Questioning the Pertinence of the Classical Theory-Praxis Dichotomy in the Light of the Habermas – Castoriadis Debate about the Concept of ‘Imaginary’

  • Abstract:

    Refusing the classical distinction between praxis and theory from his early writings, Castoriadis developed a political philosophy, grounded in a political ontology, which abolishes the pertinence of this distinction. By exploring both Castoriadis’ theory of “the imaginary institution of society”, and Habermas’ critic of this theory, this paper aims at demonstrating how the theory-praxis distinction loses its relevance in Castoriadis’ thought of the society as a permanent process of auto-institution, leading to a renewed conception of praxis as paideia, or permanent education of individuals to autonomy.

    To proceed, we propose first to investigate on why and how Castoriadis social theory demonstrates the lack of relevance of the praxis-theory distinction. According to him – given that every act is shaped by the social-historical imaginary in which the subject evolves, and that the very same act in return shapes this imaginary -, every act of theorizing is then a form of praxis, and reversely, every single action always immediately affects the field in which the imaginary representations and significations of theory are shaped.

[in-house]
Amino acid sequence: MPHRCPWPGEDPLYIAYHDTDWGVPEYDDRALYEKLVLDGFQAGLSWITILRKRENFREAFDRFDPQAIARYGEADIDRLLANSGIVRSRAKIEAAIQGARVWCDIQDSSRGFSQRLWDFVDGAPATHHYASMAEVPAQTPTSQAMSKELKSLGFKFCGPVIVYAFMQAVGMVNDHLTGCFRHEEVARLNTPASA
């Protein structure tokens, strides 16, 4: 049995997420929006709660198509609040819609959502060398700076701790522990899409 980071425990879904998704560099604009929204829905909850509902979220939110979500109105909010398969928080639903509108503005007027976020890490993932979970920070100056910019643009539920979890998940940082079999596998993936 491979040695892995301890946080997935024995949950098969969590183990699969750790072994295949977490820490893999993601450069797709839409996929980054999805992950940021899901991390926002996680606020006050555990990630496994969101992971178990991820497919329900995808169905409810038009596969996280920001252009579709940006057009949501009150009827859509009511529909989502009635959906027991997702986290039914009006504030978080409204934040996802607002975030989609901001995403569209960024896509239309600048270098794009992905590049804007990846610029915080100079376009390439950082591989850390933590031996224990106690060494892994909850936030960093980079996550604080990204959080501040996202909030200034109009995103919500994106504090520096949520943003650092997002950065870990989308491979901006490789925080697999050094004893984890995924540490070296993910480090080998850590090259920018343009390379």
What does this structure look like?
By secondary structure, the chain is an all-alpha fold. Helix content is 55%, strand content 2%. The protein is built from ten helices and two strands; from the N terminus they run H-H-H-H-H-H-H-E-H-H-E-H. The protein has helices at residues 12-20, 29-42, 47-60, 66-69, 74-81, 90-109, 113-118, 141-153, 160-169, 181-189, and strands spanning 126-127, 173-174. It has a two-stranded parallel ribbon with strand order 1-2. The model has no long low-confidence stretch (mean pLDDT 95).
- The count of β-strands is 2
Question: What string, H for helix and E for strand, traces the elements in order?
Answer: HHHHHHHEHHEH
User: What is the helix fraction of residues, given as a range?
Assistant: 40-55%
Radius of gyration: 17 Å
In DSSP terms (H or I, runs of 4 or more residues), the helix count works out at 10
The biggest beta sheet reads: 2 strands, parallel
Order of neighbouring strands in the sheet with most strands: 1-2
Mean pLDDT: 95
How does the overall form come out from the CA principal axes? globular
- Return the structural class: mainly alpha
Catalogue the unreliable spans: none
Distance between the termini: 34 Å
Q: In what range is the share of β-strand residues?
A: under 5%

Then, to explore the radicality of this thesis and its possible implications for the classical theory-praxis distinction, we will examine Habermas’ critic of the Castoriadian ontology sketched above. Indeed, in his book of 1986, Habermas tackles Castoriadis’ political ontology by claiming that this theory leaves no room for an authentic praxis as the subject can in no way influence the social-historical imaginary or have an effective action on it. By discussing this critic we will try to elucidate that, on the opposite, the radicalism of Castoriadis’ thought lies precisely in the fact that every single act of praxis as well as of theory always affects the social imaginary.

    To conclude, we will explore the implications of this theory for a renewed conception of “praxis”. This will lead us to develop the concept of infra-power, before moving to the implications that this renewed concept of praxis as paideia (or permanent education of individuals to autonomy) has for contemporary militancy, critical thought, and philosophy of emancipation.